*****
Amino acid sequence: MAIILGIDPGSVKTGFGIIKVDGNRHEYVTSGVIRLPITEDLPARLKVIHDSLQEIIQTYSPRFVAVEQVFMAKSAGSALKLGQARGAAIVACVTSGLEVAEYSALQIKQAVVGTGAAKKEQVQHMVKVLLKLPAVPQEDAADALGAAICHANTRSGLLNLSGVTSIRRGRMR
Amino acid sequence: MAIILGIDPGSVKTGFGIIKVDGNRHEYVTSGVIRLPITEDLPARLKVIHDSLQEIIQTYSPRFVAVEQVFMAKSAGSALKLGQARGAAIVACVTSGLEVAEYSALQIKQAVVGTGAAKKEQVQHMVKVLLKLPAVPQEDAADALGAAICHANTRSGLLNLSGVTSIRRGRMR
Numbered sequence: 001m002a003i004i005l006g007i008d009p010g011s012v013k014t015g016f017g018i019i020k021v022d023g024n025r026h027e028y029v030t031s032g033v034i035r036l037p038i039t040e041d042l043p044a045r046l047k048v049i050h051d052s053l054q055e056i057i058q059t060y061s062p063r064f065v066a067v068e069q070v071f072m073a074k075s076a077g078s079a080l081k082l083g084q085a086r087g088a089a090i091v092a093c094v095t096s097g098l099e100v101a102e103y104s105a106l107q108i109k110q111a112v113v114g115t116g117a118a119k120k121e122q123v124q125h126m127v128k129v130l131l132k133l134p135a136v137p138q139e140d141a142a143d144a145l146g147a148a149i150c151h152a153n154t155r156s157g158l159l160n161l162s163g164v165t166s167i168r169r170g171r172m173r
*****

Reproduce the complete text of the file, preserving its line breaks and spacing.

Amino acid sequence: MAIILGIDPGSVKTGFGIIKVDGNRHEYVTSGVIRLPITEDLPARLKVIHDSLQEIIQTYSPRFVAVEQVFMAKSAGSALKLGQARGAAIVACVTSGLEVAEYSALQIKQAVVGTGAAKKEQVQHMVKVLLKLPAVPQEDAADALGAAICHANTRSGLLNLSGVTSIRRGRMR
Amino acid sequence: MAIILGIDPGSVKTGFGIIKVDGNRHEYVTSGVIRLPITEDLPARLKVIHDSLQEIIQTYSPRFVAVEQVFMAKSAGSALKLGQARGAAIVACVTSGLEVAEYSALQIKQAVVGTGAAKKEQVQHMVKVLLKLPAVPQEDAADALGAAICHANTRSGLLNLSGVTSIRRGRMR
Numbered sequence: 001m002a003i004i005l006g007i008d009p010g011s012v013k014t015g016f017g018i019i020k021v022d023g024n025r026h027e028y029v030t031s032g033v034i035r036l037p038i039t040e041d042l043p044a045r046l047k048v049i050h051d052s053l054q055e056i057i058q059t060y061s062p063r064f065v066a067v068e069q070v071f072m073a074k075s076a077g078s079a080l081k082l083g084q085a086r087g088a089a090i091v092a093c094v095t096s097g098l099e100v101a102e103y104s105a106l107q108i109k110q111a112v113v114g115t116g117a118a119k120k121e122q123v124q125h126m127v128k129v130l131l132k133l134p135a136v137p138q139e140d141a142a143d144a145l146g147a148a149i150c151h152a153n154t155r156s157g158l159l160n161l162s163g164v165t166s167i168r169r170g171r172m173r